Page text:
Why Your Brand Is Lost Without Social Media Customer Service

Why Your Brand Is Lost Without Social Media Customer Service

Kuba Rogalski

Community Manager at Brand24. When out of the office, I am probably chilling with my wife and kid, or out taking pictures with my camera. Football freak.

32% of social media users who contact a brand expect a response within 30 minutes, and 42% expect a response within 60 minutes.

These are not just some numbers out of the blue, but a result of research by Convince&Convert in which 690 persons from a sample of over 3,000 American social media users who have reached out to a company for support via social.

The stats get even more interesting when you realise 57% expect the same response time at night and on the weekends. Sounds crazy, right?

But then, when you think how much social media has revolutionized customer service, it becomes more and more understandable. In the pre-social media days you’d probably contact different customer service departments via email, phone calls, or simply face to face conversations in the shops you purchased your items from.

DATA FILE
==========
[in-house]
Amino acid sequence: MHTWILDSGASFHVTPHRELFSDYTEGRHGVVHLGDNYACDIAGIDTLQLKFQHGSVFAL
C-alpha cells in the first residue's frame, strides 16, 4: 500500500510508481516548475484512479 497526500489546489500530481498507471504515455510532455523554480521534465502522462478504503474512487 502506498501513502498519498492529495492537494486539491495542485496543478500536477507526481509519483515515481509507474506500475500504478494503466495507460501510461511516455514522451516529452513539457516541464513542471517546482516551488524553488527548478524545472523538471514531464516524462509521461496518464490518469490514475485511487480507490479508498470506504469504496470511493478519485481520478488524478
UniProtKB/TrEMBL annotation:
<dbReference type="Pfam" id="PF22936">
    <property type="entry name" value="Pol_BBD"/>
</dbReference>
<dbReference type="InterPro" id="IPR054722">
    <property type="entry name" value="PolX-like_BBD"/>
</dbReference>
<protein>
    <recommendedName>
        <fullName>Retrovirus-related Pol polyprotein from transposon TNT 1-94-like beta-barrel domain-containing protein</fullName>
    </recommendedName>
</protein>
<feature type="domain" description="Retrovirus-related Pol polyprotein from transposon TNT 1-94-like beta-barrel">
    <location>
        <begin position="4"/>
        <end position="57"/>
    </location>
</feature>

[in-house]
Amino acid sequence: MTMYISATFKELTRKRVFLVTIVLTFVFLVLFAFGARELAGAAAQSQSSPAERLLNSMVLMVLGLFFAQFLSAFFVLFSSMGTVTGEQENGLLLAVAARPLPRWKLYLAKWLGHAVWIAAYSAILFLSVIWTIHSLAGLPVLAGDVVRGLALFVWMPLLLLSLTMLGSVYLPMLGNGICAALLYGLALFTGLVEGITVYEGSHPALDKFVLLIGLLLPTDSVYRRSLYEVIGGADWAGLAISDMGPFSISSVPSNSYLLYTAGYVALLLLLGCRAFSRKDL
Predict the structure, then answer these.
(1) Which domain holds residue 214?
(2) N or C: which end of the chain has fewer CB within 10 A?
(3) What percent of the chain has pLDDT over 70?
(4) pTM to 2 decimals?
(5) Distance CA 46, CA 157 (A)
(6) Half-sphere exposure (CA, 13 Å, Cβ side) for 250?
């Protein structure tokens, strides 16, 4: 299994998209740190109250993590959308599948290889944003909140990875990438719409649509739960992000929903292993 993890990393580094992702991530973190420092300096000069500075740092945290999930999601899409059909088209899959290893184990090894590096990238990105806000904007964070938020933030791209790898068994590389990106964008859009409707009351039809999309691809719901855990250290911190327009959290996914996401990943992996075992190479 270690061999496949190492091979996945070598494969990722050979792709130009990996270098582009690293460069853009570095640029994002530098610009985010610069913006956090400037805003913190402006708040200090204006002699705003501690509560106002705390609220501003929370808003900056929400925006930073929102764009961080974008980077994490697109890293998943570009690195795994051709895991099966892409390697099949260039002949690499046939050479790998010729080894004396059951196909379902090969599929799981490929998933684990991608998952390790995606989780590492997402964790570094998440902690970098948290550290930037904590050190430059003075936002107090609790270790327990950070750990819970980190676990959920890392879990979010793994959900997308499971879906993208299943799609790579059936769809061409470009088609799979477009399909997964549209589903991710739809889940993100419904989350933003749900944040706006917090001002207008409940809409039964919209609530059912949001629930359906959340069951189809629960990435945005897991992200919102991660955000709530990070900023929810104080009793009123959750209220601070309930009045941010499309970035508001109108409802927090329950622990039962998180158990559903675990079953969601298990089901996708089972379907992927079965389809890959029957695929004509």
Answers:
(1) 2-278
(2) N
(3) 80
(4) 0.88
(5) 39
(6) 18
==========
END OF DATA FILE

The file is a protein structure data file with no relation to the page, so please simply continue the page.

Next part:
We can’t deny it’s quite different these days. Whenever you want to get in touch with the business you purchased a product or service from, you’ll most likely reach out to them via social media, whether it’s Facebook, Twitter, Instagram, or any other social network. That’s because we assume they are online at all times and it seems obvious to us right away. However, that’s not always the case.

I’d rather not call out names of different brands, but I’ve seen instances when some of the customer service requests were ignored for days. I cannot stress enough how much of a bad practice it is, and I have some more stats to back it up.

Conversocial in their report, The Definitive Guide to Social, Mobile Customer Service claim 88 percent of consumers are less likely to purchase from a company that leaves questions on social media unanswered. That should teach a lesson to those companies ignoring their customers and potential customers on social media, especially when we take into account how influential social media are in the decision-making process.